What is the difference between a "plaint" and "suit"?
Well, because your question is posted under "Law and Politics," I will assume that you are speaking about the terminology in those genres. I also am going to limit my answer to their usage in the United States of America in regards to the difference between a "plaint" and a "suit."
Please realize that the word "plaint" is not used much in American Law. Instead, we have a definition for "complaint" and a "plaintiff." The good news is, it pretty much means the same thing. A complaint is the very first paperwork or document that is put on file with the court (usually by the Clerk), and it is done by the person/business/organization that is claiming their right against another person/business/organization. The person who is filing the complaint, in United States Law, is called the plaintiff. The person/business/organization on the defensive (who didn't put in the complaint) is called the defendant.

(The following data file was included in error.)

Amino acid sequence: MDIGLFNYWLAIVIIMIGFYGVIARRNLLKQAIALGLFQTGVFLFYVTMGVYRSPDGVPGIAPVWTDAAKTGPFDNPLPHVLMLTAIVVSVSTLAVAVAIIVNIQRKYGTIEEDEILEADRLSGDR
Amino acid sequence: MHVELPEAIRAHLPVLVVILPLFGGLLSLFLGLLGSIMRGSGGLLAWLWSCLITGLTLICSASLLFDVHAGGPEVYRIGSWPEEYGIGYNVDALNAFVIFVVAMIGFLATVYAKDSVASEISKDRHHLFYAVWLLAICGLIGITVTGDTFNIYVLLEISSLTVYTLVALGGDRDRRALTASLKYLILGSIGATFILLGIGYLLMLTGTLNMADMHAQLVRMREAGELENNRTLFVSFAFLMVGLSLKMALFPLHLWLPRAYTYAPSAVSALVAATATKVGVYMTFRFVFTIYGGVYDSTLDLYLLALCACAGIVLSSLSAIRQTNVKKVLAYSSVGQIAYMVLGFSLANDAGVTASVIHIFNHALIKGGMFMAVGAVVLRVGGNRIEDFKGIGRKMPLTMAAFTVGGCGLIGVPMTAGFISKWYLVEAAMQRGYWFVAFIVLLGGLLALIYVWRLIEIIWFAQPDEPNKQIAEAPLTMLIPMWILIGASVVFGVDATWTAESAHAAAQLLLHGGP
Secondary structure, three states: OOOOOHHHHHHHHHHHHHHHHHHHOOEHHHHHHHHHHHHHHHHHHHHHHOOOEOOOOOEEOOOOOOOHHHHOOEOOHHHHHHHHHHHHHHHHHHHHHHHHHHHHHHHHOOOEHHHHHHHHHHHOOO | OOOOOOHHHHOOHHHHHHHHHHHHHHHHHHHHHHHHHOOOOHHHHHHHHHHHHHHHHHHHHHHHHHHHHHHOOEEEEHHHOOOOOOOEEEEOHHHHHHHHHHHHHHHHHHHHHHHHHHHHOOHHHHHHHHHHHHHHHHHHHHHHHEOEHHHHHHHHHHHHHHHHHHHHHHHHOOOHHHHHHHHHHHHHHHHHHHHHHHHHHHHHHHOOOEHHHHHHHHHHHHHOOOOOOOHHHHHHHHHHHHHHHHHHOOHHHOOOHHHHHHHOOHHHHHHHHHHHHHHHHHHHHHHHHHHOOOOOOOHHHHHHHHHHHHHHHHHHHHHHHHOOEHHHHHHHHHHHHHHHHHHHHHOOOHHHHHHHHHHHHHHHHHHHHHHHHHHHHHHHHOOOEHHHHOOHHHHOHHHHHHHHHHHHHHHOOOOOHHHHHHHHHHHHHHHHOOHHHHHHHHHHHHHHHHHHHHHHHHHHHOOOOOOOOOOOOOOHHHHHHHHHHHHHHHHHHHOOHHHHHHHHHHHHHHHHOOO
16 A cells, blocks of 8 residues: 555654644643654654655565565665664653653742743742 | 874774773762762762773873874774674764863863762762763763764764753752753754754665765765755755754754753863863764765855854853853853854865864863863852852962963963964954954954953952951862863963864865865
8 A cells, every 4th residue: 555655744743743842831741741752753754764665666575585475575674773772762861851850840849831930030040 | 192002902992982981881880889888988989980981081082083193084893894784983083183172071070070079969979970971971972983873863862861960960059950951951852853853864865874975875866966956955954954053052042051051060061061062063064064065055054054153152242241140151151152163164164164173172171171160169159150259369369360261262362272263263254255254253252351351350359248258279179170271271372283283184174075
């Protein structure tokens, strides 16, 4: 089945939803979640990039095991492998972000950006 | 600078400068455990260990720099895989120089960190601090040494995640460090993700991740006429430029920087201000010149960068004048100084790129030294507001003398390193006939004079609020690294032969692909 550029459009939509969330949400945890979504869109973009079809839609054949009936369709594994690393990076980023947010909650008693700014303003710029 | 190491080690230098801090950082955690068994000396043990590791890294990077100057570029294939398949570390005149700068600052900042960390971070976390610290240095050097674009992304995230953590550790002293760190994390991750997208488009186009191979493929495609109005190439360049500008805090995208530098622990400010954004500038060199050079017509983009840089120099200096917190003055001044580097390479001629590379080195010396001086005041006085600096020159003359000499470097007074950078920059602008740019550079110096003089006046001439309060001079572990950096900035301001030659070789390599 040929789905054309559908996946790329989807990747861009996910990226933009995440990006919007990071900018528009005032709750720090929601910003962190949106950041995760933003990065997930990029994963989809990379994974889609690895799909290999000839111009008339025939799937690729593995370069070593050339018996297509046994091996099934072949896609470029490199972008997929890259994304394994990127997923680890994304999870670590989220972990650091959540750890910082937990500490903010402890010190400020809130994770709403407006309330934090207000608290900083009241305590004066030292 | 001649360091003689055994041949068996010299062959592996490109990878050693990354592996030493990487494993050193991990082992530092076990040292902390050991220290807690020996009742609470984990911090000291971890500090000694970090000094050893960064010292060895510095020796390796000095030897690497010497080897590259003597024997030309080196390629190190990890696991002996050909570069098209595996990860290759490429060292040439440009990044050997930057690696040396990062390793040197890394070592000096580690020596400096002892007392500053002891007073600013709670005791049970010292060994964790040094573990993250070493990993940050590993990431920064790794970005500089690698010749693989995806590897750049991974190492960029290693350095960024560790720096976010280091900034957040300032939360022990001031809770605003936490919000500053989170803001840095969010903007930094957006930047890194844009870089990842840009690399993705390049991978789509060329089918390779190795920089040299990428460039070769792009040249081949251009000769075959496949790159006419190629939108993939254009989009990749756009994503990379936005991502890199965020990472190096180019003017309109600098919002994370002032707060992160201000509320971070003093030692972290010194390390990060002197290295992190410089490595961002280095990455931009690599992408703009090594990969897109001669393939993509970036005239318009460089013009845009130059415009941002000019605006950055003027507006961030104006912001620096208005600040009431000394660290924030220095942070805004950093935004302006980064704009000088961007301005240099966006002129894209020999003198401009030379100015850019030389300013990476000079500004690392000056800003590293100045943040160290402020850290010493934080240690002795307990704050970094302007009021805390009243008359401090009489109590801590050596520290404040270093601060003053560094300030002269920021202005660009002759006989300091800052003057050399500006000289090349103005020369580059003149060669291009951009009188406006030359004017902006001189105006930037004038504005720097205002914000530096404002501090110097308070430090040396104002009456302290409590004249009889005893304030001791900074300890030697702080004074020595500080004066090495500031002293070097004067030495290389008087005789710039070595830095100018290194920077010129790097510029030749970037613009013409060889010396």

The word "suit," again, used less often in the United States, is just a shortened form of the word lawsuit. Further, it's a really general term for ANY legal filing. The word "lawsuit" is a very common term, again, for any legal filing that involves a case to be figured out within a court of law.
A "suit" refers to a lawsuit. It is a civil action, as opposed to a criminal one. A suit is brought by one person or group (plaintiff) against another (defendant), seeking damages for action's of the defandant.
A "plaint" is commonly defined as a summons, a legal document sent to representatives in a lawsuit. It informs a defendant of the legal action being brought against them, and provides case number, court dates, etc..
In some countries, the term "plaint" is more than a summons, and is used in just the way that "suit" is used. See the defintion provided by the link below. Plaint is not a term used int the US, but mostly in English law.